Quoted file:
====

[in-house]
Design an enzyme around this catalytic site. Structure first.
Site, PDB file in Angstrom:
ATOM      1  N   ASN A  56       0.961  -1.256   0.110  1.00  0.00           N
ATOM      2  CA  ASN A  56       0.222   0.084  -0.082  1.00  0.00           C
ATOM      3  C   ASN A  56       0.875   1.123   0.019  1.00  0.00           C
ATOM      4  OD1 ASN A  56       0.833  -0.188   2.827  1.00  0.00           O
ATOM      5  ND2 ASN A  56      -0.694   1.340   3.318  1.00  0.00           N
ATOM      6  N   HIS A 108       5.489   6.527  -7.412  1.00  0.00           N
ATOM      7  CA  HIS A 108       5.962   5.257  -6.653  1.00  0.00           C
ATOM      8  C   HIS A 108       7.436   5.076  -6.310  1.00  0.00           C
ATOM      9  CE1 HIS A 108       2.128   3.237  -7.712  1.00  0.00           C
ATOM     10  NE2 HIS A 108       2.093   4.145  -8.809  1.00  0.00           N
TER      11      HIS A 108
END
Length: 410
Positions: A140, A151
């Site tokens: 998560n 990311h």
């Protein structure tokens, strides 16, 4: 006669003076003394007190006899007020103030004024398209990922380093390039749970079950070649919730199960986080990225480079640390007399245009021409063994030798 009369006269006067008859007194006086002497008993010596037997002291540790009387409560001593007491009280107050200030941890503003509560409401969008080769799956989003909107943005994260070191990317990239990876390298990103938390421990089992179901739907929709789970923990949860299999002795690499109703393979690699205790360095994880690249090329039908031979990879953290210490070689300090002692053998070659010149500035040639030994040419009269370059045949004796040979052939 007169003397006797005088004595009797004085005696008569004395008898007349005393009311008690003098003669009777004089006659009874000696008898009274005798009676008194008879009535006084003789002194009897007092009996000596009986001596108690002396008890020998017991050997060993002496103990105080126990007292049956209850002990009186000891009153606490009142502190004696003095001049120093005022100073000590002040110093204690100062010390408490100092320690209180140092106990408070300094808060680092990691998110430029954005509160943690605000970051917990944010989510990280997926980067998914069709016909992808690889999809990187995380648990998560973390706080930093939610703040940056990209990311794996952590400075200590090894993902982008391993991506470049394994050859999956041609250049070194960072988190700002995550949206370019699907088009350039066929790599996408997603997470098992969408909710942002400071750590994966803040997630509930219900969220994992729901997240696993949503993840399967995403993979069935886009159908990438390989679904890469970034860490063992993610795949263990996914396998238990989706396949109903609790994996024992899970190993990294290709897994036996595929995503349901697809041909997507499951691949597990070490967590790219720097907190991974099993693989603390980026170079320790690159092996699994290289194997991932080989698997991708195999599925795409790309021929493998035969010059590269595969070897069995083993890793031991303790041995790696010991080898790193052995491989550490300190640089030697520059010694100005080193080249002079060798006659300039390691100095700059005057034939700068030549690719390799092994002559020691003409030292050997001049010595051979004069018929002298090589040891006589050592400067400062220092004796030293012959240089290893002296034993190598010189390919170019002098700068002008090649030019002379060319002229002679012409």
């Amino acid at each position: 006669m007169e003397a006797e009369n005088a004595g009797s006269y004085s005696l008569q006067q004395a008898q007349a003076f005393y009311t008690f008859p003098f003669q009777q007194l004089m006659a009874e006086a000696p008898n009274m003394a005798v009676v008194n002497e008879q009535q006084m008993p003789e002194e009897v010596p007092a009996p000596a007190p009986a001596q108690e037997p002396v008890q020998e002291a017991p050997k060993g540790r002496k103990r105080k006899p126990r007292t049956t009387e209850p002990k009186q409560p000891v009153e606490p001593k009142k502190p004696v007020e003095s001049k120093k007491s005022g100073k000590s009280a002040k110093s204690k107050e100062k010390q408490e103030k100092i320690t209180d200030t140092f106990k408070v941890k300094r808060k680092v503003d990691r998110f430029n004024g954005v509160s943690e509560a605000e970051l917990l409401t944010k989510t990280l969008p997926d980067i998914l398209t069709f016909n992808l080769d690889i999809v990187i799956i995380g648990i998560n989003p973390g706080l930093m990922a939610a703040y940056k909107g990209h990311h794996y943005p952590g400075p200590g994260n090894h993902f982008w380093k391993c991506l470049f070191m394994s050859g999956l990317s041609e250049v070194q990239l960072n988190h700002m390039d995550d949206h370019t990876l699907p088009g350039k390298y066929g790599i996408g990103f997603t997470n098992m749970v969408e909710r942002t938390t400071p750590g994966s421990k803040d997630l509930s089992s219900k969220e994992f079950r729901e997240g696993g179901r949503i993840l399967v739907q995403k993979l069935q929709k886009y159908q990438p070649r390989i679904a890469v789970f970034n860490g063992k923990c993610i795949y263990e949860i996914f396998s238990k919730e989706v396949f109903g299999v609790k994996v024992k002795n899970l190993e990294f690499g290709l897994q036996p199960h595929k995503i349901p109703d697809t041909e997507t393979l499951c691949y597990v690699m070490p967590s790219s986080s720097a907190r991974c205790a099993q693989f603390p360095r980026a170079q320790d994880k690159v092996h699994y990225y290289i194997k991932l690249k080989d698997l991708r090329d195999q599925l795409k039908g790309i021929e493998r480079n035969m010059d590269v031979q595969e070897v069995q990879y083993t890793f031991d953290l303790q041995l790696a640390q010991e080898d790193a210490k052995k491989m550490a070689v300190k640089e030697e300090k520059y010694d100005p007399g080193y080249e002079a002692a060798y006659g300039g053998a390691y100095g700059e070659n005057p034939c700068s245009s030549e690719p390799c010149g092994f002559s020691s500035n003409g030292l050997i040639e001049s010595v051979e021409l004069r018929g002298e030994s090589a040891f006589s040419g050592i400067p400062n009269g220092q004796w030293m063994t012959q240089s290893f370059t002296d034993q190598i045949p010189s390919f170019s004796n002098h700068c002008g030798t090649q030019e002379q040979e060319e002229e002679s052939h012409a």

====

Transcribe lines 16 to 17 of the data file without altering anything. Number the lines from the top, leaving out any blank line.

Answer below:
Length: 410
Positions: A140, A151